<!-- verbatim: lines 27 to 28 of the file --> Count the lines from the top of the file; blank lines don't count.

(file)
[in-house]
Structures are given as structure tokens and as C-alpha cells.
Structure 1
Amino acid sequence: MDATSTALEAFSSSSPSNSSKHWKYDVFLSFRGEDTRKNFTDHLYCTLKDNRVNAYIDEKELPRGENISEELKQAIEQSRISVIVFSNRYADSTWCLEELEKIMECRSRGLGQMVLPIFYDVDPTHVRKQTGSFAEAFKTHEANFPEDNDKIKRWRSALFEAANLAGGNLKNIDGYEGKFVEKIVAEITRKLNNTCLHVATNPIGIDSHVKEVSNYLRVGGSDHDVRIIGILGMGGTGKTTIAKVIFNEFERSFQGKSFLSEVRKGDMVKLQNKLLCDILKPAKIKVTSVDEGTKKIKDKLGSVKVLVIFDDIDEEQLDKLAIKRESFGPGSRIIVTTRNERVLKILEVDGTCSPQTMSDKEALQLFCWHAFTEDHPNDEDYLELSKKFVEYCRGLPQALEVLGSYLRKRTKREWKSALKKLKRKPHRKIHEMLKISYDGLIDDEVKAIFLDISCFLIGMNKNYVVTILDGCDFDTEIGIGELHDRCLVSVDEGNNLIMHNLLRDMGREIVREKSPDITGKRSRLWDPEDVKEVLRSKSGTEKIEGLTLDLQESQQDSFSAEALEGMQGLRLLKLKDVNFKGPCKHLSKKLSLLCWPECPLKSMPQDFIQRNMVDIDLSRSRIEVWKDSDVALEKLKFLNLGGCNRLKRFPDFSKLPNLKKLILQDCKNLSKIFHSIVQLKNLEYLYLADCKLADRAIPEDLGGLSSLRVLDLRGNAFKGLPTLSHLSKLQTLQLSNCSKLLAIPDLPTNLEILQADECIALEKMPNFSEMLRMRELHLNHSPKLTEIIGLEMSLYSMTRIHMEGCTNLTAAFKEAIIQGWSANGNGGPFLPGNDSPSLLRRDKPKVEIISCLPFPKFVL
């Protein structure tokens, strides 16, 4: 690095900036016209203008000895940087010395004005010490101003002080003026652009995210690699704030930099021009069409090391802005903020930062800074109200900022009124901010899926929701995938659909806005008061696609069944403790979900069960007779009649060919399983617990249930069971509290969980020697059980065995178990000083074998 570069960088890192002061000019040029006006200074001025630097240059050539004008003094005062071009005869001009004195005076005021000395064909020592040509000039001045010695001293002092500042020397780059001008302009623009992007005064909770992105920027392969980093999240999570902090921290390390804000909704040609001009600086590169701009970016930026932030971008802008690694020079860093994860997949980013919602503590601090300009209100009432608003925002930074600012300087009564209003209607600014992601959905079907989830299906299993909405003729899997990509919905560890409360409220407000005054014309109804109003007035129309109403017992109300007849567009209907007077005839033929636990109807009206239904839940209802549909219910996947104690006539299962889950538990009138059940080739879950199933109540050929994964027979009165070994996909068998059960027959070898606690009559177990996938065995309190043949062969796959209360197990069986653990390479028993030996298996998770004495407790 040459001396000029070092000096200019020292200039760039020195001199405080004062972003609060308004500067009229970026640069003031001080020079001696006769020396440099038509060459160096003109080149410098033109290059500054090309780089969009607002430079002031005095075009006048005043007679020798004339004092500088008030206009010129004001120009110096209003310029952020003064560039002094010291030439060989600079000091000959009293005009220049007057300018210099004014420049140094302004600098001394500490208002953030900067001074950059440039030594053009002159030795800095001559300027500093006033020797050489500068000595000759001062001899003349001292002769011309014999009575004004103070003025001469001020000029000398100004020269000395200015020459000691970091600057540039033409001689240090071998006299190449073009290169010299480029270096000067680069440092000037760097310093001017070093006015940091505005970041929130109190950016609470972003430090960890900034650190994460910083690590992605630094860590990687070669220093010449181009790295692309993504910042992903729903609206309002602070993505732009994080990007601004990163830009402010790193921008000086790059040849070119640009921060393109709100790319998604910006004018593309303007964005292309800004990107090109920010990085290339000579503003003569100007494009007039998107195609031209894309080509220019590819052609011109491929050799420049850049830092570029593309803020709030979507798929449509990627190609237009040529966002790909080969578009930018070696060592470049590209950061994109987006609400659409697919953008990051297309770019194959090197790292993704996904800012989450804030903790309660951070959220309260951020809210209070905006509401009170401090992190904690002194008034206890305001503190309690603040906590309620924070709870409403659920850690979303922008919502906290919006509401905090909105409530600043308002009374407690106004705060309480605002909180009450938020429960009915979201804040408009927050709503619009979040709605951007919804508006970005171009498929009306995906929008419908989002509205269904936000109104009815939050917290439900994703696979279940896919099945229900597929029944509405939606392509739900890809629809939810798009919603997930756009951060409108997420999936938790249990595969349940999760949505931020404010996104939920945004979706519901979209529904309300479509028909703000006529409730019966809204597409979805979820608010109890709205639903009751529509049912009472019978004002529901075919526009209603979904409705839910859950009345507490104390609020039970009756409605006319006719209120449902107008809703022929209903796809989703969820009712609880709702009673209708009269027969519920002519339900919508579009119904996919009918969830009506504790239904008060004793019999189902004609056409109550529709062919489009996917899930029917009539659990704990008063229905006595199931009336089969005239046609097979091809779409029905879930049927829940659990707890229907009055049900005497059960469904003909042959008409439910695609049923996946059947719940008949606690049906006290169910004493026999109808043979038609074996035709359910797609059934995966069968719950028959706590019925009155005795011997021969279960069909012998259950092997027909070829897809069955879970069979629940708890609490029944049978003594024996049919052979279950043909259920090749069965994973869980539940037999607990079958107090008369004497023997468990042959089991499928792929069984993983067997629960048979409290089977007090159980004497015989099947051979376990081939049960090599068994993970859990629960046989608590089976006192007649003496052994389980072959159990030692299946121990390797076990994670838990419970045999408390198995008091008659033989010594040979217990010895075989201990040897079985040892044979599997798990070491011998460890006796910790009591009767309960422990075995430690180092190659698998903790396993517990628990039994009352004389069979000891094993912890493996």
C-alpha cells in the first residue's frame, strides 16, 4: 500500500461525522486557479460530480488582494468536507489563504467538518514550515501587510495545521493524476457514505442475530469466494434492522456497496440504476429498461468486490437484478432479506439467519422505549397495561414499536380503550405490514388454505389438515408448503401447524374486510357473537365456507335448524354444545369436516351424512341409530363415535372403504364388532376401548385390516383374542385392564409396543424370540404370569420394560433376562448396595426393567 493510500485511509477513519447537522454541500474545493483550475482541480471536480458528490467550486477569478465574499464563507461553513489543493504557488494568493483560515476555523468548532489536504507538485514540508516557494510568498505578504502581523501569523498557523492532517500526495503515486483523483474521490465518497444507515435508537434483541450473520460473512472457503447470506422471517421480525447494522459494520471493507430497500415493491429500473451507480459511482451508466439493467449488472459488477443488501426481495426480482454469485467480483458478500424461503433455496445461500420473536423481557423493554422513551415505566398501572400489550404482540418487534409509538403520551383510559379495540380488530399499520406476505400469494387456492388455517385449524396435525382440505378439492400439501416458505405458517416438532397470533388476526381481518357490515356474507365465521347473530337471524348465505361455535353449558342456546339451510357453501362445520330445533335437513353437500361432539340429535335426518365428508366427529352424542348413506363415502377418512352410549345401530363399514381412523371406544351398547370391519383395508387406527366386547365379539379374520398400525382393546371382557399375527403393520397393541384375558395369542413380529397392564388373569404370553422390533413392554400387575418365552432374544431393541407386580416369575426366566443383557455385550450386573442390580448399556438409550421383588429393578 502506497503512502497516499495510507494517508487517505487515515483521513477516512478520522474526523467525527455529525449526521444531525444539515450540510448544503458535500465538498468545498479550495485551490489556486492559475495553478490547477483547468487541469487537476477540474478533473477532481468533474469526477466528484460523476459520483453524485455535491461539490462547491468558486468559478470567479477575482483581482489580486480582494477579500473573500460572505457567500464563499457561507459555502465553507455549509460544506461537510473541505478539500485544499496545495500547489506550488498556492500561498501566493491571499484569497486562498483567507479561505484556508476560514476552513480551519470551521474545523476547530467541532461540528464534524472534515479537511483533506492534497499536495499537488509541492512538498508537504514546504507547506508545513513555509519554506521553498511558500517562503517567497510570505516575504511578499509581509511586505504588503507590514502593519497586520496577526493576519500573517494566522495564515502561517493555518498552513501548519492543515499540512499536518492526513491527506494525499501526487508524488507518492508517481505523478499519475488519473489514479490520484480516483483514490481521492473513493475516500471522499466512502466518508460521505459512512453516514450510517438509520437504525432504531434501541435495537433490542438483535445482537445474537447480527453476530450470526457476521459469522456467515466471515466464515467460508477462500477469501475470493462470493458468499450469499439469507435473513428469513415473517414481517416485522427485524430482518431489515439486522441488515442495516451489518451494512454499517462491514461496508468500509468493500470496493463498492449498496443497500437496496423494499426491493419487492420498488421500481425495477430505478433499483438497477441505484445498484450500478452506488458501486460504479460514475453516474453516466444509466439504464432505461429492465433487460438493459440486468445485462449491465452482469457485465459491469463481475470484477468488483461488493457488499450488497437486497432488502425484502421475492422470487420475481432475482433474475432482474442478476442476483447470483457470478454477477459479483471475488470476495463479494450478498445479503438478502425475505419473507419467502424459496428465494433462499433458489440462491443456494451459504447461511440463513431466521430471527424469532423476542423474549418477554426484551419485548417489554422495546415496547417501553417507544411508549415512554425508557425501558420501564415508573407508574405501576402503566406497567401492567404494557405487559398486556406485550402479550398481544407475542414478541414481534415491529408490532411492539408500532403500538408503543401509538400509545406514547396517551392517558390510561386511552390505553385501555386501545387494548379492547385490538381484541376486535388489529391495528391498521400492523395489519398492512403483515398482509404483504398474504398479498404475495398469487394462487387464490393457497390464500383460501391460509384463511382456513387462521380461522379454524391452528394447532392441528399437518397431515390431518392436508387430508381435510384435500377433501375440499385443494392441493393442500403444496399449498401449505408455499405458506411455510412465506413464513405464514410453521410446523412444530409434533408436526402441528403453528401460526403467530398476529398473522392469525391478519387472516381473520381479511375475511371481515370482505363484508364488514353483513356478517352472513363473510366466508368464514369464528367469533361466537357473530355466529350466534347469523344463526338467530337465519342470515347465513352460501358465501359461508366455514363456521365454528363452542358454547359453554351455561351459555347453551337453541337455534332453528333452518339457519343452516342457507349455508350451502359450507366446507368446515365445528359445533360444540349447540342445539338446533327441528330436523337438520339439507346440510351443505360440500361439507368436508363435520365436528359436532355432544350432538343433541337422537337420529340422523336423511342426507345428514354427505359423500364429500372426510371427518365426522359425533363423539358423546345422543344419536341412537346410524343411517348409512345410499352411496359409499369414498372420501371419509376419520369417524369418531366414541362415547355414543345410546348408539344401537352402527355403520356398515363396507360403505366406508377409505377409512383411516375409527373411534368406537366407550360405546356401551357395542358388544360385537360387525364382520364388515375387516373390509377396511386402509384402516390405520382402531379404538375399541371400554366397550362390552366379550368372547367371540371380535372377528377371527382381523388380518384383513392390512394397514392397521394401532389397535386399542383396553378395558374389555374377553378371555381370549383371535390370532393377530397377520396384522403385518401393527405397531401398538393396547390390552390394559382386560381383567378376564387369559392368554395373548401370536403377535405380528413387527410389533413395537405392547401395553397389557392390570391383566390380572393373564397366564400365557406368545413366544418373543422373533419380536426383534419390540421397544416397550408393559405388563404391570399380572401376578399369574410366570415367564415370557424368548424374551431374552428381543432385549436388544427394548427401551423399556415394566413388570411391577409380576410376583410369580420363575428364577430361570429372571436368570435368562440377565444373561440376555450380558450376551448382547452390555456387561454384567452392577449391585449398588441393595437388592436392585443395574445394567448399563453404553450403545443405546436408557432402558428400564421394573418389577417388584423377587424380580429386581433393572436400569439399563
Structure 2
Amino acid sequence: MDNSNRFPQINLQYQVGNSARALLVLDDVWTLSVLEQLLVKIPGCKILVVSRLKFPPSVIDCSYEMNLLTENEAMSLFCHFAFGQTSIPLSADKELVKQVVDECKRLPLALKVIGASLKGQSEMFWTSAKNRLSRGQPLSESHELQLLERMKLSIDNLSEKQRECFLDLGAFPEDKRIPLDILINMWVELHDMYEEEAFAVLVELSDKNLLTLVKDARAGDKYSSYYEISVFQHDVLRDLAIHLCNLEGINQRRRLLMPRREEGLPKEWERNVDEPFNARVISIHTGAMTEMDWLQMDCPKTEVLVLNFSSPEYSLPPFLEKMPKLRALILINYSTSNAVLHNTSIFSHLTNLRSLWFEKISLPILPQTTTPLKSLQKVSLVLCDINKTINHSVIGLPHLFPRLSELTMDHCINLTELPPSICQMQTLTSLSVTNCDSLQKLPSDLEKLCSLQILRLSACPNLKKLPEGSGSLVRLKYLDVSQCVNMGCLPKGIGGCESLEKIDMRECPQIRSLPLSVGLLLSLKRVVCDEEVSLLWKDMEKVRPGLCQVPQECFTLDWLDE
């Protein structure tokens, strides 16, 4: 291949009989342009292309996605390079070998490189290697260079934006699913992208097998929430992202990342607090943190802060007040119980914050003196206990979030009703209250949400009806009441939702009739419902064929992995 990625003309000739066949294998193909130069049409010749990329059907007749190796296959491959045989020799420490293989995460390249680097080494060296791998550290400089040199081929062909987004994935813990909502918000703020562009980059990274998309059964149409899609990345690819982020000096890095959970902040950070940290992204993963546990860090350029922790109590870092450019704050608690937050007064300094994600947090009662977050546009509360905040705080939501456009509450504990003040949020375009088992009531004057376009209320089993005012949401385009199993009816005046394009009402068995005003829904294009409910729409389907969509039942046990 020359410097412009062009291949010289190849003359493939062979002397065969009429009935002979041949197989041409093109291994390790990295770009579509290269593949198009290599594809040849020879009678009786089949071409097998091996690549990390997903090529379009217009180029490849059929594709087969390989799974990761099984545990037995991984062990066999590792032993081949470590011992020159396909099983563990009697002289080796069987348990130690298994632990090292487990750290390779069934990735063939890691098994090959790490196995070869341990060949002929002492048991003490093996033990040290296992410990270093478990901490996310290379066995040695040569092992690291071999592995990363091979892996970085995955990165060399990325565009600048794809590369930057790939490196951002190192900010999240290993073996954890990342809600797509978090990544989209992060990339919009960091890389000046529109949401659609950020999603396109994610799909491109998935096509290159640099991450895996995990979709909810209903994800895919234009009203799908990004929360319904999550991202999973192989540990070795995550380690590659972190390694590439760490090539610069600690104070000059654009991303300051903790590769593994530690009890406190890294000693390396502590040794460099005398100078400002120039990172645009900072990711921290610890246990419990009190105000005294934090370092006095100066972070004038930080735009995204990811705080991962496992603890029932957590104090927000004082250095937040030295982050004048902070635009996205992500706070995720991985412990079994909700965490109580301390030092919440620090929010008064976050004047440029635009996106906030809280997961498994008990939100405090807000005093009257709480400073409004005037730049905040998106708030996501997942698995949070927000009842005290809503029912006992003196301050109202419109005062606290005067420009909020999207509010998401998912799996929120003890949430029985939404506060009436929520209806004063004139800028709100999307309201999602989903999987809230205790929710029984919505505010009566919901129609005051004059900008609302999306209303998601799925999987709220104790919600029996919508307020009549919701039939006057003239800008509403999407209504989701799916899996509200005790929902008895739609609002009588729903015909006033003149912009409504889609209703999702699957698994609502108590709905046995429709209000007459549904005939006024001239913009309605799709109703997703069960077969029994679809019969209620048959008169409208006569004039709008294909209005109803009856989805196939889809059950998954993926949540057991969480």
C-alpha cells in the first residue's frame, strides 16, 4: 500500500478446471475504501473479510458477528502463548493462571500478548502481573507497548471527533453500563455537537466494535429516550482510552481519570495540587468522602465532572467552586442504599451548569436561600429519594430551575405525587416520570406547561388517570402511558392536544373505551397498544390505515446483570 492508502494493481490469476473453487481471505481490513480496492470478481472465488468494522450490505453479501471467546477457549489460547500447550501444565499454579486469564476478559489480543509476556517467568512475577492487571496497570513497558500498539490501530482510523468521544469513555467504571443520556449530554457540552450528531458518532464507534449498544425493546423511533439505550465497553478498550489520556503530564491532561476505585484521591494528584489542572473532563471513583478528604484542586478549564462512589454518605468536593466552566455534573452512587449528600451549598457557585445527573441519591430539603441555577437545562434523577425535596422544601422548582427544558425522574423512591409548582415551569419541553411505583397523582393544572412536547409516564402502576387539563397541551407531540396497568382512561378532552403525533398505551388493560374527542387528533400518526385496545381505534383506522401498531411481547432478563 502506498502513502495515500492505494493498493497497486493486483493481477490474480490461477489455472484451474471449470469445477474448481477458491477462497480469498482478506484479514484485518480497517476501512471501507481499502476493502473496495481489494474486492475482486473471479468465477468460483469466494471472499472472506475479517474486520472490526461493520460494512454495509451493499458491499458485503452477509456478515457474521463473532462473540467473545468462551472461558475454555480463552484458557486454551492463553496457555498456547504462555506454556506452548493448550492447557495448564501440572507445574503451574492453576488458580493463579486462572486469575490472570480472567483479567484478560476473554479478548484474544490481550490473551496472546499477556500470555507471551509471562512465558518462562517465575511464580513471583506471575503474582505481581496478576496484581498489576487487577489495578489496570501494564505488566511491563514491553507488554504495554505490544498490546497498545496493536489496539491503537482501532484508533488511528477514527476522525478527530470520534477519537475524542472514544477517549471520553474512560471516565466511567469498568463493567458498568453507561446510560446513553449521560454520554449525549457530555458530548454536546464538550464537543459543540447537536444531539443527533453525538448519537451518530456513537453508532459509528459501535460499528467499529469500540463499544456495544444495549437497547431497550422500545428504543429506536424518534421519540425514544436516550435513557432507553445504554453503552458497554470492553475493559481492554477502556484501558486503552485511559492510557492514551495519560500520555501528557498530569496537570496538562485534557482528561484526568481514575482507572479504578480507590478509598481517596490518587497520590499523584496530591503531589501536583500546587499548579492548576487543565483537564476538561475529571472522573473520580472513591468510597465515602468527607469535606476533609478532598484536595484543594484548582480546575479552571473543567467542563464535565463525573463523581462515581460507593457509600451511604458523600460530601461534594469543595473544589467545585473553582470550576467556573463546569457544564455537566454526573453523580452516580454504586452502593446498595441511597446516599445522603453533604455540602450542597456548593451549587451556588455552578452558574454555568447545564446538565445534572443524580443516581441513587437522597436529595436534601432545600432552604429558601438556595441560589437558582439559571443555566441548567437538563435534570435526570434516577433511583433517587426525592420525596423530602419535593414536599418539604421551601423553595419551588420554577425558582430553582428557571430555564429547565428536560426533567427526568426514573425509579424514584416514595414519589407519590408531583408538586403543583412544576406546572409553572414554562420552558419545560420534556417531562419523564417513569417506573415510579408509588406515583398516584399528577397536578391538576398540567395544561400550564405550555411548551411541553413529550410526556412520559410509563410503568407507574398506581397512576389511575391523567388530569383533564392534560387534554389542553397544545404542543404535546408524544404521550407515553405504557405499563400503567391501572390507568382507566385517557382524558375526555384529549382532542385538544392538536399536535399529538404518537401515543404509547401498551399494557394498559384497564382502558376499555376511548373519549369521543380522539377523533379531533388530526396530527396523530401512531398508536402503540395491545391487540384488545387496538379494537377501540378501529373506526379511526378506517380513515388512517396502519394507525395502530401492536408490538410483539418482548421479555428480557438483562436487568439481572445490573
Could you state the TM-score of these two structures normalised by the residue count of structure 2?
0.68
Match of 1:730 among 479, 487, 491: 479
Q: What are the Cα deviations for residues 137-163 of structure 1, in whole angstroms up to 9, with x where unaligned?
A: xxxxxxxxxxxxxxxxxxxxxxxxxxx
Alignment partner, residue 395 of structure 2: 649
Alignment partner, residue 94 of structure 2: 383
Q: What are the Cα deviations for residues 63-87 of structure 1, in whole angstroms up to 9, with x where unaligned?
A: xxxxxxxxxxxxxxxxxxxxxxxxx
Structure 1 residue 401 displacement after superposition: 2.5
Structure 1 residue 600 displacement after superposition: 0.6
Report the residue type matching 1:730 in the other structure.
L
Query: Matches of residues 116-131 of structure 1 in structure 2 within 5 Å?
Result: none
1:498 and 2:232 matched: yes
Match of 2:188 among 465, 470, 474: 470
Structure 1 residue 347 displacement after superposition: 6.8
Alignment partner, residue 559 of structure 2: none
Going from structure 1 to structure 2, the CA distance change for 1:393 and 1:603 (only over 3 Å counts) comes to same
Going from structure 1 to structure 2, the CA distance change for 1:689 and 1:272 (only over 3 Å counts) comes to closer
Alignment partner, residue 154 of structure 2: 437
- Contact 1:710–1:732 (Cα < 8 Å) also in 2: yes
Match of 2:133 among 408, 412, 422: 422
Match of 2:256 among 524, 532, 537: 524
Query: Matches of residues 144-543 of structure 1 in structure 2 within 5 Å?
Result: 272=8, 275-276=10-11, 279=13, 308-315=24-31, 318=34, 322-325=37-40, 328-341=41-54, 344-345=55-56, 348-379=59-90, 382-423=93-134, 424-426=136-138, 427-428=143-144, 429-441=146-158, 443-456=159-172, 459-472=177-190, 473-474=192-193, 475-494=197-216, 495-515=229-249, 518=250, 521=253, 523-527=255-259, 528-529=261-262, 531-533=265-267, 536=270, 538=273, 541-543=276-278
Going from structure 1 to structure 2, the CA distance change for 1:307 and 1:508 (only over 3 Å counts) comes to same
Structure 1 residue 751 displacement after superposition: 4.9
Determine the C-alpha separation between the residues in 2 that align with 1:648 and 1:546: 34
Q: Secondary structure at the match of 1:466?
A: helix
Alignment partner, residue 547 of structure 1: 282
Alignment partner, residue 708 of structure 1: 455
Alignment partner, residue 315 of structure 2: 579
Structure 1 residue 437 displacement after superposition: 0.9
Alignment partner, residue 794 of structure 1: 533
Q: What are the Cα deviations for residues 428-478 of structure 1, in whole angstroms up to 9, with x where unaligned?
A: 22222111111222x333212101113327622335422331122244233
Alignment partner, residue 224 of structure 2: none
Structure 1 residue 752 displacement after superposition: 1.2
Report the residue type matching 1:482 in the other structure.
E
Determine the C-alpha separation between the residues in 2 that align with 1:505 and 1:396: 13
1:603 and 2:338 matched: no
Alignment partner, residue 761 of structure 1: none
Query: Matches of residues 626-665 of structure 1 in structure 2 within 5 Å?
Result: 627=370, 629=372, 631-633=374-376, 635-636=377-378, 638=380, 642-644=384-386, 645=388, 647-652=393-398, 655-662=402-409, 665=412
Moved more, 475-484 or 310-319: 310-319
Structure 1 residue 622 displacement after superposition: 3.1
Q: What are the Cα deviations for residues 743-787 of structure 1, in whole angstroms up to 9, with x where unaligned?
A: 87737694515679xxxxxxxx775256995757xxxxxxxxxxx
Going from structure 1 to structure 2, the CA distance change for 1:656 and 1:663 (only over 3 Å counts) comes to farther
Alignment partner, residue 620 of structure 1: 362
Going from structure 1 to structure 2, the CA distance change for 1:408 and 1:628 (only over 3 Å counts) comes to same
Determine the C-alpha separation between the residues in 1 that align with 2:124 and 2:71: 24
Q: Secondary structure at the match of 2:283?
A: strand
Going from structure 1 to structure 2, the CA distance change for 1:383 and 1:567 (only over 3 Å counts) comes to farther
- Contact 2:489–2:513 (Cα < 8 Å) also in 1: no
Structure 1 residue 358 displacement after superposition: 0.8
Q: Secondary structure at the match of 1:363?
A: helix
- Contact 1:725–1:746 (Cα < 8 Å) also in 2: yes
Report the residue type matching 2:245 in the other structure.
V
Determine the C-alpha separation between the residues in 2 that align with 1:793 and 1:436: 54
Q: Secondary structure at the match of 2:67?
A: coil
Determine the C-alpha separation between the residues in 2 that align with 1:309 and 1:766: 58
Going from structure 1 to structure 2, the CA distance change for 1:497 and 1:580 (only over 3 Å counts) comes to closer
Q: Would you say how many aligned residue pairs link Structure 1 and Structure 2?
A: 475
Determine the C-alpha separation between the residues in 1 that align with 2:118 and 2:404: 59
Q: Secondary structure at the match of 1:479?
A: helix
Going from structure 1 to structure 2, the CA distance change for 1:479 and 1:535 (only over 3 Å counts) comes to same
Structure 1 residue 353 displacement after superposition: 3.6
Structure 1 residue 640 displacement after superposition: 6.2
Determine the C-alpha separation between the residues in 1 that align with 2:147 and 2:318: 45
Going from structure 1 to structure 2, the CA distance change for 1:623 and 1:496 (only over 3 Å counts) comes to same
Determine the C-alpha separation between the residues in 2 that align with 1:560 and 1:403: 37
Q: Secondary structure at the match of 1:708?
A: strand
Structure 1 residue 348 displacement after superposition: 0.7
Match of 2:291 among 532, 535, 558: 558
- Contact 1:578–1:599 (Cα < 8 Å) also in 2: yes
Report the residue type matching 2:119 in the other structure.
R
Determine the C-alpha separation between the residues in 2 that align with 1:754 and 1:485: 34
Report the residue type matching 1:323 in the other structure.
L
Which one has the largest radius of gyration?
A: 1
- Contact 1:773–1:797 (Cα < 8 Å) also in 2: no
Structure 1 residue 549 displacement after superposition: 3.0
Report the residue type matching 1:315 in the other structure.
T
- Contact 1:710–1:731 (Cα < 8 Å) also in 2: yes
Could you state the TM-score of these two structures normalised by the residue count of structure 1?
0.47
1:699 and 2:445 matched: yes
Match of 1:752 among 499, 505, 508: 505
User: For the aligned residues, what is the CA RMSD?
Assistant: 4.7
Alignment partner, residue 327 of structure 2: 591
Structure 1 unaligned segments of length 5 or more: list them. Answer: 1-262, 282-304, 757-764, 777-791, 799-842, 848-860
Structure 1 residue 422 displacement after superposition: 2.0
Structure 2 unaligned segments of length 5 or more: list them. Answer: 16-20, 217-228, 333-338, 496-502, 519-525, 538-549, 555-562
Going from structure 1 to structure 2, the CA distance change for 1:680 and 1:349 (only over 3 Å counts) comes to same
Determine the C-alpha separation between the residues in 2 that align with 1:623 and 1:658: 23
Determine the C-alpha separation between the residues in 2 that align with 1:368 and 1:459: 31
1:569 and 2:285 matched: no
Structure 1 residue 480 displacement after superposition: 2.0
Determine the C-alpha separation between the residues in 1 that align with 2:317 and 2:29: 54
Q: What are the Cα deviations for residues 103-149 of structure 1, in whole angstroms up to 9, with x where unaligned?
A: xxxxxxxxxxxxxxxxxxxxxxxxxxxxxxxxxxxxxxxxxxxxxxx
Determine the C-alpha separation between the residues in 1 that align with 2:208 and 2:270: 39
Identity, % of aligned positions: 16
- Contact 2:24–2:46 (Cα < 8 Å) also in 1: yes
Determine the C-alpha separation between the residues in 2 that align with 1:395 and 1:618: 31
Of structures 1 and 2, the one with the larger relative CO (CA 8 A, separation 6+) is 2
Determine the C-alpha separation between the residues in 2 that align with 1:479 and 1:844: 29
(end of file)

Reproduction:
Match of 2:188 among 465, 470, 474: 470
Structure 1 residue 347 displacement after superposition: 6.8